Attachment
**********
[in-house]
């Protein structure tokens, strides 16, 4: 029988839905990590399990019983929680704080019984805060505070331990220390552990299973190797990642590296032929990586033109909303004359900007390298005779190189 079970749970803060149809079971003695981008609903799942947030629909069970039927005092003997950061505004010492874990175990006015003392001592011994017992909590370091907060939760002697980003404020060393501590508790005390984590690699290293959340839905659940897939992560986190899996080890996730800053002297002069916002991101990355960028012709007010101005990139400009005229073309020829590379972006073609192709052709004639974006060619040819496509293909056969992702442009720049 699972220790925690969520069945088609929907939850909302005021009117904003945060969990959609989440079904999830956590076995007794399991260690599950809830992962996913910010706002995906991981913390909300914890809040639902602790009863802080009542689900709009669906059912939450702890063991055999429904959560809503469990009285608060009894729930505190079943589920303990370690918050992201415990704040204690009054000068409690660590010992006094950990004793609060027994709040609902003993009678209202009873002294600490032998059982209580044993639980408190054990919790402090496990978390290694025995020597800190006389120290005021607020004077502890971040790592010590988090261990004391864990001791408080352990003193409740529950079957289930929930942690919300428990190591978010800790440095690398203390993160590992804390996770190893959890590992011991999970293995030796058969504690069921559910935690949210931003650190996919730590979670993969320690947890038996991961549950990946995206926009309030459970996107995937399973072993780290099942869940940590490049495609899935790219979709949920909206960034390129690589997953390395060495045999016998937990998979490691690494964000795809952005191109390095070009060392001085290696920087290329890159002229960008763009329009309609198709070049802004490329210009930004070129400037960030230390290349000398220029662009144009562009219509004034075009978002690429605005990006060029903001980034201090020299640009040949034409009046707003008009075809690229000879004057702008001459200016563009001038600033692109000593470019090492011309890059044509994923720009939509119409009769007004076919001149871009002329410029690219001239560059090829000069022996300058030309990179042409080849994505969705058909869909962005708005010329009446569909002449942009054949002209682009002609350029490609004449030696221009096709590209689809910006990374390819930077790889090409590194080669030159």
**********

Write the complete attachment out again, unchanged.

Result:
[in-house]
């Protein structure tokens, strides 16, 4: 029988839905990590399990019983929680704080019984805060505070331990220390552990299973190797990642590296032929990586033109909303004359900007390298005779190189 079970749970803060149809079971003695981008609903799942947030629909069970039927005092003997950061505004010492874990175990006015003392001592011994017992909590370091907060939760002697980003404020060393501590508790005390984590690699290293959340839905659940897939992560986190899996080890996730800053002297002069916002991101990355960028012709007010101005990139400009005229073309020829590379972006073609192709052709004639974006060619040819496509293909056969992702442009720049 699972220790925690969520069945088609929907939850909302005021009117904003945060969990959609989440079904999830956590076995007794399991260690599950809830992962996913910010706002995906991981913390909300914890809040639902602790009863802080009542689900709009669906059912939450702890063991055999429904959560809503469990009285608060009894729930505190079943589920303990370690918050992201415990704040204690009054000068409690660590010992006094950990004793609060027994709040609902003993009678209202009873002294600490032998059982209580044993639980408190054990919790402090496990978390290694025995020597800190006389120290005021607020004077502890971040790592010590988090261990004391864990001791408080352990003193409740529950079957289930929930942690919300428990190591978010800790440095690398203390993160590992804390996770190893959890590992011991999970293995030796058969504690069921559910935690949210931003650190996919730590979670993969320690947890038996991961549950990946995206926009309030459970996107995937399973072993780290099942869940940590490049495609899935790219979709949920909206960034390129690589997953390395060495045999016998937990998979490691690494964000795809952005191109390095070009060392001085290696920087290329890159002229960008763009329009309609198709070049802004490329210009930004070129400037960030230390290349000398220029662009144009562009219509004034075009978002690429605005990006060029903001980034201090020299640009040949034409009046707003008009075809690229000879004057702008001459200016563009001038600033692109000593470019090492011309890059044509994923720009939509119409009769007004076919001149871009002329410029690219001239560059090829000069022996300058030309990179042409080849994505969705058909869909962005708005010329009446569909002449942009054949002209682009002609350029490609004449030696221009096709590209689809910006990374390819930077790889090409590194080669030159």